Shallow ground-water flow in the vicinity of Silver Lake, Washington County, Wisconsin, was investigated to develop an understanding of the hydrology of the shallow aquifer, define a water balance for the lake, delineate ground-water recharge areas for the lake, and to estimate solute flux toward the lake. A single-layer, steady-state, analytic-element model was used to simulate shallow ground-water flow. Regional model parameters include a recharge rate of 4 inches per year, hydraulic conductivity of 50 feet per day and a model base of 800 feet above sea level. A model inhomogeneity was added to represent deviations from these regional values for an area roughly coincident with the Kettle Moraine Area that trends through the study area. Model calibration was accomplished by varying the regional parameter values and those of the inhomogeneity through trial-and-error to determine a best-fit match between simulated and measured values for head and streamflow targets. There was no change to the regional parameter values as a result of calibration, however, the calibrated values for the inhomogeneity are: recharge rate of 12 inches per year, hydraulic conductivity of 20 feet per day, and a model base of 900 feet. These changes represent a four- to five-fold reduction in transmissivity within the inhomogeneity as compared to the regional model. A Silver Lake water budget was defined using both published hydrologic data and simulations using the calibrated model. Model simulations show that 1.08 cubic feet per second of ground water enters Silver Lake on the upgradient (primarily western) side and 0.08 cubic feet per second recharges to ground water on the downgradient (primarily eastern) side. Net precipitation (precipitation minus evaporation) on the lake is 0.04 cubic feet per second. Collectively, these water-budget terms provide a residual value of 1.04 cubic feet per second flow to Silver Creek at the north end of Silver Lake, which is a very good match to the range of measured flow (0.7 to 5.2 cubic feet per second). Ground-water recharge areas for Silver Lake are largely on the western side of the lake. The recharge area for the northern two-thirds of Silver Lake is west toward Big Cedar Lake. Assuming a porosity of 20 percent, model results indicate that the 50-year time-of-travel for recharge to Silver Lake does not extend to Big Cedar Lake. The recharge area for the southern one-third of Silver Lake is west toward Little Cedar Lake. Model results indicate that time of travel for recharge to Silver Lake from Little Cedar Lake is about 15 to 20 years. For travel times greater than 15 or 20 years, the ground-water recharge area for Little Cedar Lake and inflow from Big Cedar Lake also should be considered recharge affecting Silver Lake. Solute flux toward Silver Lake was calculated based on simulated ground-water flux and measured concentrations in the upgradient piezometers and observation wells.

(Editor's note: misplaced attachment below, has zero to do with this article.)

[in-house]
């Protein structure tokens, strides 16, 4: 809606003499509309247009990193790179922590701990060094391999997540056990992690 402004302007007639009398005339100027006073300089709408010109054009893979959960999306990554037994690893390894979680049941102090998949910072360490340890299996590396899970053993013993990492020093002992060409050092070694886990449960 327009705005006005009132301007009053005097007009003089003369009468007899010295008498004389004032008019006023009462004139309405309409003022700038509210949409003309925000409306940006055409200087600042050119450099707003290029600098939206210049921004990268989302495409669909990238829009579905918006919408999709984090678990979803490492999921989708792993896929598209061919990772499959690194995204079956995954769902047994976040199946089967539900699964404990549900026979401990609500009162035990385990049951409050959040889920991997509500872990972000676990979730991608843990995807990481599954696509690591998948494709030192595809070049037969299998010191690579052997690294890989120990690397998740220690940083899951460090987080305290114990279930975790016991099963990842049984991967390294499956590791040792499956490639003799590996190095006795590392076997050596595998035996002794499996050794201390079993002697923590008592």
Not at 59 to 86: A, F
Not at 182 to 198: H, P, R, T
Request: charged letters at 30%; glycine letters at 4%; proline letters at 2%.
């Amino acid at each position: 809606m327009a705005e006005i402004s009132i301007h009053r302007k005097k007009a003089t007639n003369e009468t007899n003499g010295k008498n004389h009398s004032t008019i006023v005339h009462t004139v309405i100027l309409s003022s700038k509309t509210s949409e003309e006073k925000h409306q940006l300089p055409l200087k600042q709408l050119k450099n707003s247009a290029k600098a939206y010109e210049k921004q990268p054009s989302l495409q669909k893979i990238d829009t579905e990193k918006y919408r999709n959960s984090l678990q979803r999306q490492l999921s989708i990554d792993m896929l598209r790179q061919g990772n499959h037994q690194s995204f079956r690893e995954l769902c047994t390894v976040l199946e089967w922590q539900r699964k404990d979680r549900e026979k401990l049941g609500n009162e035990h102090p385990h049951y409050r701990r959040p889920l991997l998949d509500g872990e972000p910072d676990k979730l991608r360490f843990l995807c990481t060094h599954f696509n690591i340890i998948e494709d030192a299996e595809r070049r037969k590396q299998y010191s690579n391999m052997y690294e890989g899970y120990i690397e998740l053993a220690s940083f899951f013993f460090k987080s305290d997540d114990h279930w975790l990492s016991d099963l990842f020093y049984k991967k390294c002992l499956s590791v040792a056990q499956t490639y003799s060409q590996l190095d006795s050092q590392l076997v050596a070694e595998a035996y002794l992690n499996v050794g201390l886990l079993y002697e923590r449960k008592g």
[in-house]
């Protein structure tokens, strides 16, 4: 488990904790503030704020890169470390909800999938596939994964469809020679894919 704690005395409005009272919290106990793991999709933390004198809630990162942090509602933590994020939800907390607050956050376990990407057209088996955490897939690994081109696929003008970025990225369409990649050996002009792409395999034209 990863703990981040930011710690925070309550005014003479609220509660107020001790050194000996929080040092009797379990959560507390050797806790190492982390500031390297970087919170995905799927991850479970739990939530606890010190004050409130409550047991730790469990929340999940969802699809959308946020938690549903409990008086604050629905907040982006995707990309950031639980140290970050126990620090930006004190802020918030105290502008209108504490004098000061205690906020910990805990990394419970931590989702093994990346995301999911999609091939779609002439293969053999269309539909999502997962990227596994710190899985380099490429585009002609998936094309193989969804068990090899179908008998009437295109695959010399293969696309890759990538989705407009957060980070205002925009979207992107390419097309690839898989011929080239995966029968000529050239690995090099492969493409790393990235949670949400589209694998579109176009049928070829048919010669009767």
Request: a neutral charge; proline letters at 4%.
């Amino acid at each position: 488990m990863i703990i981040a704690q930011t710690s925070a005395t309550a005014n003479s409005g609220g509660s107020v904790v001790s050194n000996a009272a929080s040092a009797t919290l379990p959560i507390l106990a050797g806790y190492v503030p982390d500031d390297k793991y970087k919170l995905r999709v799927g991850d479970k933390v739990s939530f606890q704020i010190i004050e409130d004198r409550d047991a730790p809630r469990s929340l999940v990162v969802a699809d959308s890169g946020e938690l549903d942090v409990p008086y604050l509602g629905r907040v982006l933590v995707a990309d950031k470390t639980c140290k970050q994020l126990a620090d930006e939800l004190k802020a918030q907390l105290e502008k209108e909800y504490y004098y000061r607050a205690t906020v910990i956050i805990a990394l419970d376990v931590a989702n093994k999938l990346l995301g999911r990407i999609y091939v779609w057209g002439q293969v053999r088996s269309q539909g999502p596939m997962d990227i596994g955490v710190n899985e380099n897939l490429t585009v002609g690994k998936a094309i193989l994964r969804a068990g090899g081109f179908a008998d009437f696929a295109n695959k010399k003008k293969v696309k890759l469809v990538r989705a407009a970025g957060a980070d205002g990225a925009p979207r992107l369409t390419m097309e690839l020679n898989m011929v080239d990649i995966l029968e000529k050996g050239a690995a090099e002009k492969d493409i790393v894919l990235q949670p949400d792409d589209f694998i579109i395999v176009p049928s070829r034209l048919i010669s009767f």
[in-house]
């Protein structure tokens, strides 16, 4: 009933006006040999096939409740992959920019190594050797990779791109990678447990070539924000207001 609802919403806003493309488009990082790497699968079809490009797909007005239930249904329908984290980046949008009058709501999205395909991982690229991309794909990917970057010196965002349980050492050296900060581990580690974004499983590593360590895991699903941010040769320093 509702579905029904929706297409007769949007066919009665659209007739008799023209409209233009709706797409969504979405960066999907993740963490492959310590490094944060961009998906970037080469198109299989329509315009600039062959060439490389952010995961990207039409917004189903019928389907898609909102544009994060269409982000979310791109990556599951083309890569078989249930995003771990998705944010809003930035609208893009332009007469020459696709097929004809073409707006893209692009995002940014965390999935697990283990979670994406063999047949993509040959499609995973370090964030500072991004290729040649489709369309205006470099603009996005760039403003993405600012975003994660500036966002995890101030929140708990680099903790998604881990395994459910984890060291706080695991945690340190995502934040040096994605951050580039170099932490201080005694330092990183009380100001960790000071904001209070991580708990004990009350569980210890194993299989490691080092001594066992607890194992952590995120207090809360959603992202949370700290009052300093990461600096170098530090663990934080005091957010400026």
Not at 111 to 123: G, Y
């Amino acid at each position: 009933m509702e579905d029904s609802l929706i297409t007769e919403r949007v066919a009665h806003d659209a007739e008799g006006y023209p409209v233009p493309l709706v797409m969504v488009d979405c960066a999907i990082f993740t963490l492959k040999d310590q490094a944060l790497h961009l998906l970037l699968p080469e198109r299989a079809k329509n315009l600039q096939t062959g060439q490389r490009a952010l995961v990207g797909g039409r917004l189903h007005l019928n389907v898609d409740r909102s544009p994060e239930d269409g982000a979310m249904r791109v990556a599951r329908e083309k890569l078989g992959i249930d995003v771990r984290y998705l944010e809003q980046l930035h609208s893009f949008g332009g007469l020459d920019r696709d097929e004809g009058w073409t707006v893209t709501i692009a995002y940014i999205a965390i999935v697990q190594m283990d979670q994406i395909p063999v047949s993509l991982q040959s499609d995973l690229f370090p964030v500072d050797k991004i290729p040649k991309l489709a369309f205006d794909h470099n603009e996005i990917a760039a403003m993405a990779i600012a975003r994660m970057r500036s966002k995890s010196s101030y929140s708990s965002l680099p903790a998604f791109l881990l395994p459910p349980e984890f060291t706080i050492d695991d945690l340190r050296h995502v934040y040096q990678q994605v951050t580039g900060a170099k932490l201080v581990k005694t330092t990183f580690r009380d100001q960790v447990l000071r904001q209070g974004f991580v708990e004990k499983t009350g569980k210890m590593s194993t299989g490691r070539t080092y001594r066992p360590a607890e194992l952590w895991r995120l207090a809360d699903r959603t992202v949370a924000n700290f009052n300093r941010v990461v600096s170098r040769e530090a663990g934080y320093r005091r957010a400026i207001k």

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Simulation of the shallow aquifer in the vicinity of Silver Lake, Washington County, Wisconsin, using analytic elements